If your local contractor tells you the average hard and soft cost to build your home would be $100/sf, then you know your total development cost would be $150,000 ($100/sf  X 1,500 sf  = $150,000).

Do the Math

Now it’s time to resolve your numbers.  The value of the completed home is estimated at $500,000, which is hopefully the amount it will fetch when you’re ready to sell.  Your development costs are  $150,000.  The residual land value is the difference between finished value and development costs.  In our example, the residual land value of the proposed property is $350,000 ($500,000 – $150,000 = $350,000).

What this means, is that for you to build a home that would cost $150,000 and have a value of $500,000 in the open market, you could pay up to $350,000 for that piece of land.  This is the break even point.  If you pay more for the land there is a great potential for you to lose money.  If you pay less for the land you’re potentially building in profit.  And that’s exactly how a professional developer would do it.  They don’t stop at the residual land value.  They go one step further by working in their profit.

Work in your profit

As a developer/investor you’re here to make a profit.  You want to work that into the equation before you price your land and make your offer.  Most developers of residential property like to make between 20-30%.  Anything below that will be hard to finance through a conventional lender, and would also be a risk on your part. Markets move up and down, sometimes as much as 10% in a few months.  If your profit margin was only 15% and the market drops 10% you’re left with a 5% profit.  For that kind of money you don’t need the risk of development you can just go out, buy a T-Bill, and sip iced tea on your front porch until retirement.

If you’re cost to develop was estimated at $150,000 and you’d like to make a 30% profit on costs, your profit margin would be $45,000 ($150,000 X 30% = $45,000).  This number is then subtracted from the residual land value of $350,000 for a maximum offer price of $305,000  ($350,000 – $45,000 = $305,000).  That means, to make a 30% profit on your development costs, you wouldn’t pay more than $305,000 for the land.

Well that’s fine and good, but most developers want to make profit on their entire project, not just the costs.  Thus we do this calculation one more time; this time on the land purchase portion as well.  Assuming you’d want to make 30% on the land portion to, how much would you have to back out?  You’d back out approximately $90,000 ($305,000 X 30% = $91,500).

Max Offer Price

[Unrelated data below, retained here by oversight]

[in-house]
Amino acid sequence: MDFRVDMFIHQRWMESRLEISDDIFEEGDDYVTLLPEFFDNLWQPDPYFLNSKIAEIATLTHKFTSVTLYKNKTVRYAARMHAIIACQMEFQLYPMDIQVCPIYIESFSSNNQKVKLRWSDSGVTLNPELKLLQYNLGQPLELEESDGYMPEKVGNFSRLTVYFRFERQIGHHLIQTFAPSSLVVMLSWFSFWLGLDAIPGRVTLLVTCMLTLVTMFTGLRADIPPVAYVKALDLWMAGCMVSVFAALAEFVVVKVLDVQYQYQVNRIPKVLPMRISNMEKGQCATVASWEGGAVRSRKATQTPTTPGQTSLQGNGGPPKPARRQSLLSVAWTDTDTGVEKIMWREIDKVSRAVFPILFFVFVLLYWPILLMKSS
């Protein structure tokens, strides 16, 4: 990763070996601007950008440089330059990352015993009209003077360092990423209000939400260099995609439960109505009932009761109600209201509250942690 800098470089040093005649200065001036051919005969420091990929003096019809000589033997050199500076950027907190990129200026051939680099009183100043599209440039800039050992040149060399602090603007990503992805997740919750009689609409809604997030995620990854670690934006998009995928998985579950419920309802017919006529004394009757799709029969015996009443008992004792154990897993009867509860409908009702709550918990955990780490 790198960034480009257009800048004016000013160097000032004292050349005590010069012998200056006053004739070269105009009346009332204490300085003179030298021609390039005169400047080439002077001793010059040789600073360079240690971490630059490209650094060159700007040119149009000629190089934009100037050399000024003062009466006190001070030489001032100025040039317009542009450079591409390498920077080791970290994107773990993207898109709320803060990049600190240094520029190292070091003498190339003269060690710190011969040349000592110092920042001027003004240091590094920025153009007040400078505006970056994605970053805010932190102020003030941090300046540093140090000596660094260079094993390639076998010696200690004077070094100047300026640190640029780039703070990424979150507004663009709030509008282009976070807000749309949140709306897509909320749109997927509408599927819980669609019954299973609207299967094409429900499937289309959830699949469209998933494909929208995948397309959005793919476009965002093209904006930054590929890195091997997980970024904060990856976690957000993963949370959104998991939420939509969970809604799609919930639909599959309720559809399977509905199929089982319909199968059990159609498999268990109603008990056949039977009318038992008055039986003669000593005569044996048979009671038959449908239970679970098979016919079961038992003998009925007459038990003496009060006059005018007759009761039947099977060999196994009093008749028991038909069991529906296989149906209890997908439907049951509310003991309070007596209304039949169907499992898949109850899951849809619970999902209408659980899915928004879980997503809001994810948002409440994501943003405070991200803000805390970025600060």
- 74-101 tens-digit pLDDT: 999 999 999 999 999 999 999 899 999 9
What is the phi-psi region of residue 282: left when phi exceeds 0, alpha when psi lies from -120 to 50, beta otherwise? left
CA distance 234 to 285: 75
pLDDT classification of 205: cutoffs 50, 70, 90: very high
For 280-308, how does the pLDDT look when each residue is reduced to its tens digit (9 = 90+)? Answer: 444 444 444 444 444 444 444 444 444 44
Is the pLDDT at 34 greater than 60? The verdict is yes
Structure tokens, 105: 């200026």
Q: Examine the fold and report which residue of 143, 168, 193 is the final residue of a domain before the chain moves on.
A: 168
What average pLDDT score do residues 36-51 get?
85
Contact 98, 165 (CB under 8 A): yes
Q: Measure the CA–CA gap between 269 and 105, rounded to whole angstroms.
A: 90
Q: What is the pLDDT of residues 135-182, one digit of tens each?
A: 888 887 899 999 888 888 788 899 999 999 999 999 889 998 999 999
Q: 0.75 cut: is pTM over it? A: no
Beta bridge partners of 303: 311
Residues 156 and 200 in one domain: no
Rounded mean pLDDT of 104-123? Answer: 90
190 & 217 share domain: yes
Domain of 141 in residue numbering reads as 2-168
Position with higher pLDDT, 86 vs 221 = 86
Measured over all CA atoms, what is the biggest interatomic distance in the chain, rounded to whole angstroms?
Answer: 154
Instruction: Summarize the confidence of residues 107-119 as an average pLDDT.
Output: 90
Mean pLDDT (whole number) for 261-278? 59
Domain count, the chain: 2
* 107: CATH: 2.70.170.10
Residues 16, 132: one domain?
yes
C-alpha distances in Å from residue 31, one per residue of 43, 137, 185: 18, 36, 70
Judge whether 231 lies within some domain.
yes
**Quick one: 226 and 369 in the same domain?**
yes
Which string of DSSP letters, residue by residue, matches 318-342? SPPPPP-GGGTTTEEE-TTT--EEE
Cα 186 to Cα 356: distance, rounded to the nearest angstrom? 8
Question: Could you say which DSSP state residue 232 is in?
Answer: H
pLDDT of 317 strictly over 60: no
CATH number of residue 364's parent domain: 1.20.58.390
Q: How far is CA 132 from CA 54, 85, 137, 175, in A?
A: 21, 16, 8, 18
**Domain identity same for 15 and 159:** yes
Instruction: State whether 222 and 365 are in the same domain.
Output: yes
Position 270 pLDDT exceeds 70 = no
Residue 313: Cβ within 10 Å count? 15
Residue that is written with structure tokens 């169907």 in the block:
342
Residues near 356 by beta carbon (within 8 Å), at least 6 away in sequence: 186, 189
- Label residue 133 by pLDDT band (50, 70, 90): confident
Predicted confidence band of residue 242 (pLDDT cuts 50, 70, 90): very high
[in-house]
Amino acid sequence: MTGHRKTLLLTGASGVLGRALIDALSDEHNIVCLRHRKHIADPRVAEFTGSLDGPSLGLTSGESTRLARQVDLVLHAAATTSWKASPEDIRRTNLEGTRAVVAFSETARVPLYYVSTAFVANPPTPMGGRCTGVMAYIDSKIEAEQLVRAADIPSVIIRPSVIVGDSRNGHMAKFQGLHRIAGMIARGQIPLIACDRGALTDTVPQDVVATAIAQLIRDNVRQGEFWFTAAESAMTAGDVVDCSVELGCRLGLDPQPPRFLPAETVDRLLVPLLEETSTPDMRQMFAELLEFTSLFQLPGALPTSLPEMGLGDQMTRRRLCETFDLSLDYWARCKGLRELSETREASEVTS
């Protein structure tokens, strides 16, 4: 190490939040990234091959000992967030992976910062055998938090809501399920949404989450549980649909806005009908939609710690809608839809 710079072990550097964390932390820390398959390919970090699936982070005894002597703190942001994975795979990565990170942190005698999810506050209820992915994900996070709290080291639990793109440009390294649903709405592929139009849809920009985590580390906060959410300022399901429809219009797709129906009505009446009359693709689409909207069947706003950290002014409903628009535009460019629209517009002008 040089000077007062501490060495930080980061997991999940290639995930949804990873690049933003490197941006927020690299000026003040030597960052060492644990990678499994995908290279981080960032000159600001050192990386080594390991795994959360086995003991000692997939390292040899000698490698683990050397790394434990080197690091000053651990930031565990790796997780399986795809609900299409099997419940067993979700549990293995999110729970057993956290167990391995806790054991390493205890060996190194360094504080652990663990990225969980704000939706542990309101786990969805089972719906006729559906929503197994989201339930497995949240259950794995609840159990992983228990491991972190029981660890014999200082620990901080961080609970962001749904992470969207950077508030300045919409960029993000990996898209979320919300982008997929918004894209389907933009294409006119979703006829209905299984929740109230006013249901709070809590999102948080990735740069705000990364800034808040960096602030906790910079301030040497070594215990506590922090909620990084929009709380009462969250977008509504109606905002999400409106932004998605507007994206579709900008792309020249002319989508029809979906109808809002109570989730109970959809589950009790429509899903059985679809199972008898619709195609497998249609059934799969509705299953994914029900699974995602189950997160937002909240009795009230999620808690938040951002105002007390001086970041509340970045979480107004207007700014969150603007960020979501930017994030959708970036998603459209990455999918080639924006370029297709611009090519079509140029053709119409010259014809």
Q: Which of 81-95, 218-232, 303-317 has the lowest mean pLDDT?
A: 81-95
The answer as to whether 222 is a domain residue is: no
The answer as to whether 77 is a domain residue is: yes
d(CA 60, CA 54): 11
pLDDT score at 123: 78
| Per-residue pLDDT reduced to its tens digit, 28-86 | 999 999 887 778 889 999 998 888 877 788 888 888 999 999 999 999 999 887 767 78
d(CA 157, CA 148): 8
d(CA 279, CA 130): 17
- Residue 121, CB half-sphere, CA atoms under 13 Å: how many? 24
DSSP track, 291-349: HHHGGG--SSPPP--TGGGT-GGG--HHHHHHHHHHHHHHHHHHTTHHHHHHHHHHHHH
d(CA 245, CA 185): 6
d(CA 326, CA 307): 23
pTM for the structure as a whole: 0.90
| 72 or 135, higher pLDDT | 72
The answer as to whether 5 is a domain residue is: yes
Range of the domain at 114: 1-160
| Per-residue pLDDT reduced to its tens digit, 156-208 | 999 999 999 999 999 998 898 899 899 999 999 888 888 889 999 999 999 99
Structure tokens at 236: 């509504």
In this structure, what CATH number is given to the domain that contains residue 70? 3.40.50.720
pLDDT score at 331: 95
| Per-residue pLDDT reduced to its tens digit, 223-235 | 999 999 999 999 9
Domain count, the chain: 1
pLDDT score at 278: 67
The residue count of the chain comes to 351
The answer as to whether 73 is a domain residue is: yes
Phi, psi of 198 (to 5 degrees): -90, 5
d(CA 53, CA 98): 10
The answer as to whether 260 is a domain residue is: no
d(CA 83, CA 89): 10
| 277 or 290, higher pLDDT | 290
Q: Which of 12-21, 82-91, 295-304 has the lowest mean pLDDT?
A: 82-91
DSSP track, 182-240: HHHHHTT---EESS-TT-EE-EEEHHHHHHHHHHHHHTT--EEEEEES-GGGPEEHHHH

Take your residual land value minus your profit on cost and your estimated profit on the land cost and you can determine your maximum land offer price.  For our example, the final land value and max offer price would be $215,000 ($305,000 – 90,000 = $215,000).

For the property cited in the example I would offer the seller no more than $215,000  to purchase their piece of land.  This ensures I can get the development done and make a nice profit for myself.  Just to check my numbers, I run the math one more time.

Check the math

To check your final expected profit, simply run the numbers forward from the start.   Here’s how it would look:

$215,000 Land Purchase

+ $150,000 Development and Construction Costs

$365,000 Total Project Cost

$500,000 Projected Revenue from Sale

-  $365,000 Total Project Cost

$135,000 Profit

$135,000 profit / $365,000 total project cost = 37% total profit Margin

Keep in mind we have not accounted for taxes of any kind.  That will of course reduce your profit margin, but still, this is not bad for a development that probably took less than a year from start to finish.

For even higher returns, your land offer would be made at an even lower number than your max offer price, in case you end up negotiating the price higher with your seller.

You can see that the residual land value method of obtaining land value is an easy and efficient way to make sure you’re paying the true market value of the land, while working in profit for your potential development.

Photo Credit: pnwra

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{ 15 comments… read them below or add one }

Craig Grella October 2, 2009 at 9:17 am

Thanks Joshua. It’s pretty basic info that i think will help potential developers out there get a good handle on pricing land, even in this up and down crazy market.

Reply

Joshua Dorkin October 2, 2009 at 9:15 am

Craig –
That is an incredible introduction primer to developing. I think you’re going to single-handedly ignite a lot of new interest in developing from the BiggerPockets and real estate community at large.

Reply

RTS October 2, 2009 at 9:58 am

As a developer I am really hesitating to invest in land now, because of the depreciation prices. Investing in land now is risky. But reading your post has given me some inspiration. I liked the calculation. Thanks.

Reply

Craig Grella October 2, 2009 at 11:13 am

If you can get a handle on entitlement risk, zoning codes, and stay conservative on your exit price you can still make speculative land deals work. There is still funding out there for these deals.

It gets easier if you’re developing a house for yourself, from a financing standpoint, but you still want to go through the exercise. In that case you’d substitute desired equity for the profit calculations, that way you have built in equity when the property is complete.